“Trust the Pie!” Or, How to Get Your Tired Brain to Best Solve Problems
Do you ever have times when you need to trust the pie to help you solve problems? If you’re wondering what I might have had to drink for lunch, bear with me. In the movie, “Men In Black III” starring Will Smith and Josh Brolin, you might remember the scene where Brolin’s Agent K and Smith’s Agent J have seemingly hit a complete dead end in their investigation. Agent J is completely frustrated and beside himself with anger. K calmly suggests going to a nearby diner to get a piece of pie and J sarcastically fumes about stopping the investigation so they can go “eat a piece of [bleeping] pie!”
After sitting for a few minutes eating pie, K gets J talking about anything other than their problem. Suddenly, like a bolt from the blue, J makes a mental breakthrough about the case. Brolin smiles at him and says, “I told you to trust the pie!” Problem solved!
All of us have experienced what our two Men in Black agents did in the movie. We focus on a problem or try to remember something. Our mental wheels spin in the mud and we get nowhere trying to solve problems. We step away–think about something else, go to sleep, take a walk, make supper, or eat a piece of pie. Suddenly, we have the answer! It’s the “a-ha” moment. If you’re like me, you love that feeling, but wondered why it took so long to think of a solution. How does this happen?
Susan Weinschenk, PhD, gives the physiological explanation in an article for Psychology Today. “The prefrontal cortex (PFC) is in the front of your head. The main role of the PFC is to concentrate on the task at hand. But, it also goes searching for existing information you have stored in memory. Then combines it with other existing information you have stored. It is this searching and combining of the PFC that allows you to solve problems and come up with new and novel ideas.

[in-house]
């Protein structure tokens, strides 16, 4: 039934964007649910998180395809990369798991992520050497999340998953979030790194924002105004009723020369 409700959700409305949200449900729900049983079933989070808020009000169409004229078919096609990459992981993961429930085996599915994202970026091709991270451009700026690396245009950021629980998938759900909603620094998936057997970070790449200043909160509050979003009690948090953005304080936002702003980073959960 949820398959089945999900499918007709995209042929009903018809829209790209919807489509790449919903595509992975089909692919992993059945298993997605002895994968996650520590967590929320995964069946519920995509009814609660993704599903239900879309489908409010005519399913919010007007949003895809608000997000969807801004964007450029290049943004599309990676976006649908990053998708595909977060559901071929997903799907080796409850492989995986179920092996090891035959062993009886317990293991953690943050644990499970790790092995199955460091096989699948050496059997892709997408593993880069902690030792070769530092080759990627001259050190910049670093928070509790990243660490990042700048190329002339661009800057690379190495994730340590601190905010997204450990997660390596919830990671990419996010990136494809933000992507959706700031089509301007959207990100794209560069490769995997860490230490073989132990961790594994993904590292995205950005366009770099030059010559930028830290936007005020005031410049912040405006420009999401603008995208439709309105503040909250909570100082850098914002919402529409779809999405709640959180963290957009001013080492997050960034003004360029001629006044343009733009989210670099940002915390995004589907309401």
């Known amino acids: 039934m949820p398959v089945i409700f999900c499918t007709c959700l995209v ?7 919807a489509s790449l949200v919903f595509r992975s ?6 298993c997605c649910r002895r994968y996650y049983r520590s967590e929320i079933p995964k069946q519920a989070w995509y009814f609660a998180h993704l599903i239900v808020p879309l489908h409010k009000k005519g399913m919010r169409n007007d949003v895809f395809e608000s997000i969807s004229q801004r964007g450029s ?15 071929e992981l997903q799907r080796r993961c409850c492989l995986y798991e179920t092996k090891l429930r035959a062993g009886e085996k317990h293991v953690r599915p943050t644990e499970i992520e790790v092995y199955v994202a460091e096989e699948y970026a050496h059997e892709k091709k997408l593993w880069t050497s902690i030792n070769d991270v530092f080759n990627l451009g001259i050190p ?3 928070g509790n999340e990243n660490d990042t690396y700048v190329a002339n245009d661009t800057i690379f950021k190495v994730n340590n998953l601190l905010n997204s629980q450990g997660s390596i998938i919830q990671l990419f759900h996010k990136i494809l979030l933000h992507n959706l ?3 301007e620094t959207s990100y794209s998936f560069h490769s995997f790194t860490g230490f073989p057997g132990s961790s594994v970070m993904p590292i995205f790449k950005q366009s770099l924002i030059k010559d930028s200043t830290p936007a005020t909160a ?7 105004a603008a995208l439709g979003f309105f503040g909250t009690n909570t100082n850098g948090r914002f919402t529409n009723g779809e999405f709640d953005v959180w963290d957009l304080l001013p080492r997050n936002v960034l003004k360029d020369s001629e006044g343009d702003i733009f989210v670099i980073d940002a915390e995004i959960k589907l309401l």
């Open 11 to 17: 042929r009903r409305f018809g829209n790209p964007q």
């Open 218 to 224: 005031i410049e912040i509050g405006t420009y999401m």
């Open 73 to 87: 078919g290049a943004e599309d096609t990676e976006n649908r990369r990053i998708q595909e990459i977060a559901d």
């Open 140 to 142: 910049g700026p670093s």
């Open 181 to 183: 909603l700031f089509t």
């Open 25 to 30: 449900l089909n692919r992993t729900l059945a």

Here’s the rub—if you keep your PFC too focused on the “task at hand” then it can’t go searching for interesting combinations of information you have stored in memory. When you take a break (the walk, the dinner, the sleep) then your PFC is freed up to go searching and combining. So if you need to solve a problem or want a new idea, let your PFC know what you want to solve and then take a step away and take a break!”
Art Markman, PhD and psychology professor at the University of Texas, further explains the memory recall problem: “Your memory is competitive. When you start thinking about a problem, certain ideas jump to the forefront. They leap to mind both because they are related to the description of the problem, and because they successfully tamp down (or inhibit) competing memories. Once memory has been inhibited, it has a hard time reaching your awareness. Even if the information from that memory might be crucial for solving a problem.
“When you walk away from a problem and think about something else, your memory resets. The ideas that dominated your thinking recede from your thoughts. The inhibited memories gradually become accessible. If your thoughts return to the problem after a pause, those other memories now have a chance to influence your thinking.”
The “a-ha” moment, also known by psychologists as the incubation period, is real. Allow for and make the most of this pause phenomena by taking a break. There is value in that pause. And besides, pie is wooooonderful.